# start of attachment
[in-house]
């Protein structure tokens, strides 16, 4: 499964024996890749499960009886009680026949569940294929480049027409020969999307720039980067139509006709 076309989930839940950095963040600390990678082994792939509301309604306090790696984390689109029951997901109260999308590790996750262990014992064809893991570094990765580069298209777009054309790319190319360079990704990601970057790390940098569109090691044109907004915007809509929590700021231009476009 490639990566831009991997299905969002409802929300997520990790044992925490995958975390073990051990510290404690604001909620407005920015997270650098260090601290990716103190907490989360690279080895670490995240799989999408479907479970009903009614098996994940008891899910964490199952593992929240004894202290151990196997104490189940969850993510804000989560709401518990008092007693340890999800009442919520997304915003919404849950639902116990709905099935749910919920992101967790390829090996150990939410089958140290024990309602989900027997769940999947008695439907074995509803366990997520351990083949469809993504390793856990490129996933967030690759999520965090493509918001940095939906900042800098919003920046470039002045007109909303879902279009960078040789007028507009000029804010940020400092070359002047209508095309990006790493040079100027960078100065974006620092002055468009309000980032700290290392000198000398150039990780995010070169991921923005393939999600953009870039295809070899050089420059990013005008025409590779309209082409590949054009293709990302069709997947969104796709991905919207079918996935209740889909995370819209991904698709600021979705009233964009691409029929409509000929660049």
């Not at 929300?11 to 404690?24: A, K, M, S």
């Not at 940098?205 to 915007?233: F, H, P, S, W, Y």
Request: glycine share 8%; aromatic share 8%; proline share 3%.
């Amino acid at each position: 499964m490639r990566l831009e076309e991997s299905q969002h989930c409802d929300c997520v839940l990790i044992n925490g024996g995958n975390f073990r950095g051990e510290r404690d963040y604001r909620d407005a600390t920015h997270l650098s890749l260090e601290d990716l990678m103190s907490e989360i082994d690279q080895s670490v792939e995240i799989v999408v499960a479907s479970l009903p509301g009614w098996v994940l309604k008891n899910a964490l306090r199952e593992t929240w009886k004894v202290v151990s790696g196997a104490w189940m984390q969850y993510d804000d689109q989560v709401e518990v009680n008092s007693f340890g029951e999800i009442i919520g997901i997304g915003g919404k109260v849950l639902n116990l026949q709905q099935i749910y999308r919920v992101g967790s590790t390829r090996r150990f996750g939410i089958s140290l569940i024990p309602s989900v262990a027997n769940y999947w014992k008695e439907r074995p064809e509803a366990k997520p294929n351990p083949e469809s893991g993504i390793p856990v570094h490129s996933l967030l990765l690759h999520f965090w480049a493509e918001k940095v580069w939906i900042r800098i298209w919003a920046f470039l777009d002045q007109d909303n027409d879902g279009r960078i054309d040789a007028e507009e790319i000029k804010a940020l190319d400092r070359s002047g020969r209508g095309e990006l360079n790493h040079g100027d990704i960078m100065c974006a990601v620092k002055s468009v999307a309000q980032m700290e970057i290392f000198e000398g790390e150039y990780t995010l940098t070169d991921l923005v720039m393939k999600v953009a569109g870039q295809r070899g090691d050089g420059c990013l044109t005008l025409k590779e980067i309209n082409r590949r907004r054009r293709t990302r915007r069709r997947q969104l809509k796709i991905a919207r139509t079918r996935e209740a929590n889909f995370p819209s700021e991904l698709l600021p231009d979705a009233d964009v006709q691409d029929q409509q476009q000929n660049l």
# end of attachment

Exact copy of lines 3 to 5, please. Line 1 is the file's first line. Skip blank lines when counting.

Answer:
């Not at 929300?11 to 404690?24: A, K, M, S």
């Not at 940098?205 to 915007?233: F, H, P, S, W, Y």
Request: glycine share 8%; aromatic share 8%; proline share 3%.